“The large fishing device, made of intertwined trunks, planks and hawsers, gleamed like a huge white skeleton of an antediluvian amphibious being… it looked as if it had a life of its own, feelings and an appearance of a living being.” ~Gabriele D’Annunzio, The Triumph of Death.
Trabocchi are a familiar feature all along the Adriatic coast, especially in the area from Ortona to San Salvo.
Appetibilis asked the architect and art history connoisseur Emiliano Fioriti for a brief historical outline of the trabocco as an architectural feature.
The trabocco is a structure made of Aleppo pine, that can be found on the mid-Adriatic coastal areas. Its wood can be easily shaped and it is salt-resistant and flexible so that it can endure the strong northwest wind gusts blowing on the Adriatic Sea.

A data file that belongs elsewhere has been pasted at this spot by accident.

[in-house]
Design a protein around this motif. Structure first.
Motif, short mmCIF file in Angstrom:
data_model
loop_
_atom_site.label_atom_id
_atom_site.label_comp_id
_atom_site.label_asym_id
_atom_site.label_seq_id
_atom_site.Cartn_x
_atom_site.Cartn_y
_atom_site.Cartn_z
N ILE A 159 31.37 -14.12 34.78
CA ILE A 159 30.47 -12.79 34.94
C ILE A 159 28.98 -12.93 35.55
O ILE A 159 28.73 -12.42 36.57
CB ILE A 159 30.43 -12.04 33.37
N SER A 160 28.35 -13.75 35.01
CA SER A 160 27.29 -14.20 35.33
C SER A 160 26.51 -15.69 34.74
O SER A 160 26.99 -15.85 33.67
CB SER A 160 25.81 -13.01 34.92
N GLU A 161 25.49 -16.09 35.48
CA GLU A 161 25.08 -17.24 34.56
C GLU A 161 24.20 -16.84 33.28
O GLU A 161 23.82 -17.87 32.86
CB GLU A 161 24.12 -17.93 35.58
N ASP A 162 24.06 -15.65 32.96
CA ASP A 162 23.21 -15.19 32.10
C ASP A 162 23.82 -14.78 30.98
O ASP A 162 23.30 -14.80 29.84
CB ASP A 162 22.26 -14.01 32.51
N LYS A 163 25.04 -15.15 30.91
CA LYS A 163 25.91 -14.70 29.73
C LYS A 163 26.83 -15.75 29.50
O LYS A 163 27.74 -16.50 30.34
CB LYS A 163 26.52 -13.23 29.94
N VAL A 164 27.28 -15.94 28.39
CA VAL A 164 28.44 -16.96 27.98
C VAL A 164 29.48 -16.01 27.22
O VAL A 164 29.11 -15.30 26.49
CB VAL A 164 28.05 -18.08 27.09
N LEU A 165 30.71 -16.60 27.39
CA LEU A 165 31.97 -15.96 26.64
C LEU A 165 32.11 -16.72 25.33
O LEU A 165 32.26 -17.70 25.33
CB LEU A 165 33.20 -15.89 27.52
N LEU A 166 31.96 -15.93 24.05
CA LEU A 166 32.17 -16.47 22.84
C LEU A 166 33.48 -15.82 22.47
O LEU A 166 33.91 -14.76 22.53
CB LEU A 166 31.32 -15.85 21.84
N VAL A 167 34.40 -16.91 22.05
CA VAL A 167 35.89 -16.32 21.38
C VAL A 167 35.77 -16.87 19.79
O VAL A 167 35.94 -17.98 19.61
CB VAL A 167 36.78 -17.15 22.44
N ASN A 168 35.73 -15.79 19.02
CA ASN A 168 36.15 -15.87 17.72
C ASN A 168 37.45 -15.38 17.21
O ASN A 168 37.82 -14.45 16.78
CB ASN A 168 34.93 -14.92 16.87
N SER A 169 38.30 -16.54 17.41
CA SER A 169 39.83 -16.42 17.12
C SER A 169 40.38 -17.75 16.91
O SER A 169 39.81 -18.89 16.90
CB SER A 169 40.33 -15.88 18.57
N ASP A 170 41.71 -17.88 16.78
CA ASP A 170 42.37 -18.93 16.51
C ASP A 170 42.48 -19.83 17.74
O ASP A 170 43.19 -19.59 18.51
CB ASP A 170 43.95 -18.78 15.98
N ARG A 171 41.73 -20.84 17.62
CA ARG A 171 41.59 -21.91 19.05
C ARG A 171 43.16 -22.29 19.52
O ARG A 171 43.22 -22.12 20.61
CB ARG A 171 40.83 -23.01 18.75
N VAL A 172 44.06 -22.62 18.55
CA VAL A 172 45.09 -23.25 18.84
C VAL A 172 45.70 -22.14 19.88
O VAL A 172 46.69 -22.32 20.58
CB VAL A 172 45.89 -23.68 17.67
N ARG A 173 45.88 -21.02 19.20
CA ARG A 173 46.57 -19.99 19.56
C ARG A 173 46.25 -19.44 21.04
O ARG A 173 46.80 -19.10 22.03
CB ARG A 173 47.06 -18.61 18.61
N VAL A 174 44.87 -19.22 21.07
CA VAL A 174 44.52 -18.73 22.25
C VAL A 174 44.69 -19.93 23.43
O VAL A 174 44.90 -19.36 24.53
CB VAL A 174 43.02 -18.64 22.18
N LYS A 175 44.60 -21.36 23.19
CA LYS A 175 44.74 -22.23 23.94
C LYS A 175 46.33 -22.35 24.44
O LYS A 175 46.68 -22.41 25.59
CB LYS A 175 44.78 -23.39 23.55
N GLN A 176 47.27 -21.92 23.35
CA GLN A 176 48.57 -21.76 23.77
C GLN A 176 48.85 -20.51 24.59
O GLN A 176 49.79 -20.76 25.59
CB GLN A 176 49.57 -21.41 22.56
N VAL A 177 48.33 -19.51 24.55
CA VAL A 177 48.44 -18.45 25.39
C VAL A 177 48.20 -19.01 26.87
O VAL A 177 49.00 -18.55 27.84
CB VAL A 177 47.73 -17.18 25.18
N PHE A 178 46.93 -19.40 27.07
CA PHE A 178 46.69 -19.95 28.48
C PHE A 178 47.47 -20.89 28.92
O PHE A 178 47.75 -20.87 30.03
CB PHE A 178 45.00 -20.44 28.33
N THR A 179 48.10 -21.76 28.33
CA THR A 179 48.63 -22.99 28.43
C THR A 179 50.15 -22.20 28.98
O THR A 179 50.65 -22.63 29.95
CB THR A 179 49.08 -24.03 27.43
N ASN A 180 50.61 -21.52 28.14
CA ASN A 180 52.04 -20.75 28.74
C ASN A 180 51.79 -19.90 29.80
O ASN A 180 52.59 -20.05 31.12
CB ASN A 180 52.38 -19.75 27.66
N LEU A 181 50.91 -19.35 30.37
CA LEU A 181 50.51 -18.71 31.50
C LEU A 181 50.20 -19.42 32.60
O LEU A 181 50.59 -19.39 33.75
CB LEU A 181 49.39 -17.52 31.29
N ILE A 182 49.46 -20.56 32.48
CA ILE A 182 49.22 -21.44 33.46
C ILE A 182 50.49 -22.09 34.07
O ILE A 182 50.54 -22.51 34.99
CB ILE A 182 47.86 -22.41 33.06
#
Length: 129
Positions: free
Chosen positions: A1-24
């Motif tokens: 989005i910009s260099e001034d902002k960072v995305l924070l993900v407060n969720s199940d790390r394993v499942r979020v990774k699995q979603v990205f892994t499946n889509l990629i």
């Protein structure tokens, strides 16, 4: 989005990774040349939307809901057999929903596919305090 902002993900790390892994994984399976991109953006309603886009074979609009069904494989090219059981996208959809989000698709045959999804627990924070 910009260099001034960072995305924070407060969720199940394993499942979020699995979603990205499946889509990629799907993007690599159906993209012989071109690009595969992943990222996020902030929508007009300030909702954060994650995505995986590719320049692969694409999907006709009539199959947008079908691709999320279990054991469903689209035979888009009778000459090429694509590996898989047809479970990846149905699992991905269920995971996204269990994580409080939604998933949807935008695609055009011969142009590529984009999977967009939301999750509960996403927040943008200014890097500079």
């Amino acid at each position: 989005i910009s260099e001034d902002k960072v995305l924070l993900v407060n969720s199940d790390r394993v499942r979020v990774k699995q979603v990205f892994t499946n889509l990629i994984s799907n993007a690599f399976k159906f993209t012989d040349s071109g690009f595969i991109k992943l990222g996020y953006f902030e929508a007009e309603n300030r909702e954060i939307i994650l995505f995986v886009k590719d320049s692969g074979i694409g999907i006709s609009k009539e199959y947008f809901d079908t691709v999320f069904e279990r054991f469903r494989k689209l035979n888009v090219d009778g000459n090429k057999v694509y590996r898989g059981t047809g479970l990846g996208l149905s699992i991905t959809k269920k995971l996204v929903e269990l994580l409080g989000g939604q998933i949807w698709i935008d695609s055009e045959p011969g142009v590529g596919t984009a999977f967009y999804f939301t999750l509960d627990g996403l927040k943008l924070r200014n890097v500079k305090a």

Its structure consists of a platform facing the sea and it is secured to the rocky shore by means of wooden trunks. From these trunks, a few meters from the water, two or more long arms, – antennae – stretch out. They hold a huge thick net: the “bilancia” (i.e. Chinese fishing net).
The first recordings of trabocchi date back to 1627, but some proofs of their presence go back to the Middle Ages, in “Vita Sanctissimi Petri Celestini”.
Soon after World War II the trabocchi were neglected, perhaps because of the transition from agricultural to industrial economy, but now they are experiencing a sort of revival as restaurants and points of interest along the coast between Ortona and Vasto.